Now’s the best time to cruise to the lesser-visited Isthmus Cove
By Paul M. J. Suchecki
Santa Catalina Island is a marvelous getaway for Southern California boaters. Catalina is just 22 miles from the mainland (a distance about a mile greater than the width of the English Channel), yet it’s a world away from L.A.’s smog, freeway traffic and heat.
“I’ve been to islands in the Pacific, Mediterranean and Caribbean. Catalina is great, offering the island lifestyle just off our coast,” local sailor Carolisa Pomerantz said.
Catalina is eight miles across at its widest, but one alluring destination is much narrower. The village at Isthmus Cove is called Two Harbors because Catalina Harbor is just half a mile away on the opposite side of the island.
Fewer than 300 people live on the isthmus, most of them providing services for visitors. There’s a bed and breakfast, campground, general store, a dive shop, a couple of yacht clubs, a snack bar, and a full restaurant and bar with dance floor.
Visitors can hike, kayak, swim or dive through crystal-clear waters and have access to a couple of public tennis courts and volleyball on the beach. Fishing is first rate. USC’s Wrigley Marine Science Center offers public tours.
Now that the peak summer boating season is behind us, moorings are easier to get while the water temperature remains tolerable (for extended swims, I recommend a wetsuit). Best yet, if you plan to stay for at least three nights you can reserve a mooring online. If you can’t moor, you’ll have to anchor —a challenge because you’re trying to hook the side of a mountain that rises from a channel that’s 3,000 feet deep.
If you decide to go, you’ll need a big enough boat. I’ve been there in a range of craft from my own 25-foot sloop to a 43-foot ketch. Be sure to have a working motor, below-deck galley, berth and head. Make sure that you know your boat thoroughly before taking it across.
And don’t forget the basics. Check weather conditions before you leave. At the very least, have a chart to show you bearings and water depth, a compass, marine radio, navigation lights, flashlight, binoculars and a bilge pump. For emergencies, the Coast Guard requires that every person onboard has a personal floatation device. Radar, a GPS, and depth gauge are handy extras. A working flare gun is recommended, as is a first aid kit.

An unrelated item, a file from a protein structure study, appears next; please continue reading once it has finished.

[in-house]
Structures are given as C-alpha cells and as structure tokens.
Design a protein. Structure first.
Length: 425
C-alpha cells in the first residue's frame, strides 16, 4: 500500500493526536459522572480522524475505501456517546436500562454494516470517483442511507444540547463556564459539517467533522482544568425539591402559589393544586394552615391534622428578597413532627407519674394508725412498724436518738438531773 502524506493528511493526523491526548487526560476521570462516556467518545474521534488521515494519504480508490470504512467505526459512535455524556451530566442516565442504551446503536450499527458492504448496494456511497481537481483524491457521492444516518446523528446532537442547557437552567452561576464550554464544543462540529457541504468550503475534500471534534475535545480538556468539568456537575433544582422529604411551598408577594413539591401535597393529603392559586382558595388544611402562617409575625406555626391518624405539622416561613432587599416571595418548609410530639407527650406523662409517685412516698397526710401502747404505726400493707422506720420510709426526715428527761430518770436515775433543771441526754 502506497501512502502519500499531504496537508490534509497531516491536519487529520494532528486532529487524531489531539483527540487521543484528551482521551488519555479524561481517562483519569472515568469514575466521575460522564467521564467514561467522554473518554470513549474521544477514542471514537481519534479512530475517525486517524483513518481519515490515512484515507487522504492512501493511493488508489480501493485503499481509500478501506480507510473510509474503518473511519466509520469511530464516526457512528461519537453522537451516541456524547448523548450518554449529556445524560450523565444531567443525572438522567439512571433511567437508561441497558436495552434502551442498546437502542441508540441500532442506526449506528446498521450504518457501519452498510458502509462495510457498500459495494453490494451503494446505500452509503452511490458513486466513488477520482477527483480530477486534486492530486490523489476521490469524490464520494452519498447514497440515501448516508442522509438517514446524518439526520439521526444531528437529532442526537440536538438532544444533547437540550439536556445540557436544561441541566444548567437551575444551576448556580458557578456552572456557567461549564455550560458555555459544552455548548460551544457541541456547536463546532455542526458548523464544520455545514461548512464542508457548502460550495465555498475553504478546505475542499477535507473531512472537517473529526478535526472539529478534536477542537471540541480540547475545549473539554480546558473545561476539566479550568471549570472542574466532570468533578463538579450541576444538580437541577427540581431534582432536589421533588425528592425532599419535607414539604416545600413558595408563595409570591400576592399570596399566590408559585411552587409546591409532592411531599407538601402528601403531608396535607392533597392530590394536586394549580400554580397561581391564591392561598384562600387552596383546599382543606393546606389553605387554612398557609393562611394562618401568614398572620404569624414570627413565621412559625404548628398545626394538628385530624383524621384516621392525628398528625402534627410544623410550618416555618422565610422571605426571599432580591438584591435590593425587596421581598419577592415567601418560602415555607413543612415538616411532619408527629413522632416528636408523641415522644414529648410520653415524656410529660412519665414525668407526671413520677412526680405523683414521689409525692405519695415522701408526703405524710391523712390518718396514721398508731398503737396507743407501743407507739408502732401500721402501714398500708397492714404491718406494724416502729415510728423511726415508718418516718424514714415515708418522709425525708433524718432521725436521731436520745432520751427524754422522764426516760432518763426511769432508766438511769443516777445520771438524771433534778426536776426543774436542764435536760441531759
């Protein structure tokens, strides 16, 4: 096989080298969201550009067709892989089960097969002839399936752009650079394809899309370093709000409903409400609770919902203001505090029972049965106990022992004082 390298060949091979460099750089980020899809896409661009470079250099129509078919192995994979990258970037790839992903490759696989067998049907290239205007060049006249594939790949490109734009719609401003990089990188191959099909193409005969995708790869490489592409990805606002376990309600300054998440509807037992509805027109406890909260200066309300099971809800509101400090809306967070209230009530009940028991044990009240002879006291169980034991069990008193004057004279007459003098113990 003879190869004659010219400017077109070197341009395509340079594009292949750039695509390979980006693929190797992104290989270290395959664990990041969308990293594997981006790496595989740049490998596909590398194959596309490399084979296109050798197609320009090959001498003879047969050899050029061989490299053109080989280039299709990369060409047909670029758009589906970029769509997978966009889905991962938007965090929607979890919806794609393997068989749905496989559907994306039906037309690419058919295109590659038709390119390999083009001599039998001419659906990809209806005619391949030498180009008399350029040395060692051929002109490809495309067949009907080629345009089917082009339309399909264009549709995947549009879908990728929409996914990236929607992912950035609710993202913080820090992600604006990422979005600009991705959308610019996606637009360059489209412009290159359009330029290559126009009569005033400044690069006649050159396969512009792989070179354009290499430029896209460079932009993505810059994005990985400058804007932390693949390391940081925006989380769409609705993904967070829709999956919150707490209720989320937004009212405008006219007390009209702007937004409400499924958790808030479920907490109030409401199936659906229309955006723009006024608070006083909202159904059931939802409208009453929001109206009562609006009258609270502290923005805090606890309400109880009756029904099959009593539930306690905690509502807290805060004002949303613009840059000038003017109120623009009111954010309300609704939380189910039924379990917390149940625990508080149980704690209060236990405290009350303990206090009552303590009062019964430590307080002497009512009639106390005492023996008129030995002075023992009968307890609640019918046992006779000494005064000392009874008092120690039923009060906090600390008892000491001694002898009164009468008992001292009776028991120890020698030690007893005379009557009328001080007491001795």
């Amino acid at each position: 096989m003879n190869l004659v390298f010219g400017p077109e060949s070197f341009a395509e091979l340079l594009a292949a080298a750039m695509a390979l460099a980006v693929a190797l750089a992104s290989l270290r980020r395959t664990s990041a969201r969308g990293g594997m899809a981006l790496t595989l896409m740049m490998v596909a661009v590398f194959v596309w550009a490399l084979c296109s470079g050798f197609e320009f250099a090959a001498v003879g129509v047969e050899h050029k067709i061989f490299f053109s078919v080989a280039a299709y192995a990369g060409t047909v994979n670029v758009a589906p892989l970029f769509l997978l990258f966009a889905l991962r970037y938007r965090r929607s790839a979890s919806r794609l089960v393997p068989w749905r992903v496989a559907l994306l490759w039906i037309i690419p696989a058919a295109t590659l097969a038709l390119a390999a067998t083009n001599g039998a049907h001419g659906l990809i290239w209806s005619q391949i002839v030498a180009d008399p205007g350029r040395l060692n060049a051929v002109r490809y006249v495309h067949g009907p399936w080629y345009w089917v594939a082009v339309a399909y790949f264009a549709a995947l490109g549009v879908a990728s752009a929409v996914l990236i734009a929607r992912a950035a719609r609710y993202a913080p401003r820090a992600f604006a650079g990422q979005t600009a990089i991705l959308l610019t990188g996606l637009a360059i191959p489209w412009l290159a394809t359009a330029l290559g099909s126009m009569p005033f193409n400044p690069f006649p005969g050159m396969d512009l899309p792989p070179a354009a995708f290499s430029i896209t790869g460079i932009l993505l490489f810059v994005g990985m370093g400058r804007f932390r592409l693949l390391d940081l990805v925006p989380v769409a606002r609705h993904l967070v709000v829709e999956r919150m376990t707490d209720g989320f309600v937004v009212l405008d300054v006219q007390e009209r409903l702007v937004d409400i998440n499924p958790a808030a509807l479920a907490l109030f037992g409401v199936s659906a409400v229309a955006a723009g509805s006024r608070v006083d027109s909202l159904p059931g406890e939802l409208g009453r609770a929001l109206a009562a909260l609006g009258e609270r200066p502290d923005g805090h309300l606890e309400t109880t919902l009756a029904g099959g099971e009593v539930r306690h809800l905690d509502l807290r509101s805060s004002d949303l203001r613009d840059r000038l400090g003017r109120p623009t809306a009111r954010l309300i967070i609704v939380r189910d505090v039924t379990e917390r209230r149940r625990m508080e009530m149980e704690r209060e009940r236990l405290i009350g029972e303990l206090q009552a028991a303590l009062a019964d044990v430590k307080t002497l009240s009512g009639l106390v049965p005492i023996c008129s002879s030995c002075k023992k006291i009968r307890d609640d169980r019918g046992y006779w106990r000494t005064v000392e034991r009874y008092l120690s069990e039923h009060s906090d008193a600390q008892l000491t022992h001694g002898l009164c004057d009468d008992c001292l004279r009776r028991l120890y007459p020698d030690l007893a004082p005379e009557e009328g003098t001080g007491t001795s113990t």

It’s a good idea to bring your own dinghy. If you don’t have one, you can always take a shore boat to reach land.
Also, make sure that you are well provisioned with plenty of food and water. Everything costs more on the island, especially fuel and ice, so take as much as you can.
Sailing to Catalina can take between six and nine hours, so remember to apply sunblock frequently. One advantage of powerboating to Catalina is speed. A friend routinely made it to Catalina on his 33-foot fishing boat in 90 minutes.
On clear days, when you can easily see the island, aim for
the dip in the mountain range that reveals Isthmus Cove. If there’s a mist and you can’t see the island, follow a compass course of 170 degrees magnetic, nearly due south. Your return trip to Marina del Rey will be magnetic 350.
If you’re sailing, don’t hug the Palos Verdes Peninsula. You can get caught in a wind shadow there. Conversely, you’ll be drawing close to the cove in the afternoon. There the winds will be up, funneled through the isthmus, so expect these conditions as you approach.
Know the rules of the road, but don’t try to enforce that rule of sail over power. Your course will intersect with some of the most active container shipping routes in the world. If you notice that a ship is on constant bearing and closing distance, you’re on a collision course. Aim for the larger vessel’s stern.
If you aren’t an experienced boater, it’s a very good idea to crew on somebody else’s boat first in order to see how it’s done before taking on the responsibility yourself.
Once you are ready, have fun. Unlike like a trip to the mountains in a car, when you sail to Catalina your vacation begins the moment you clear the breakwater.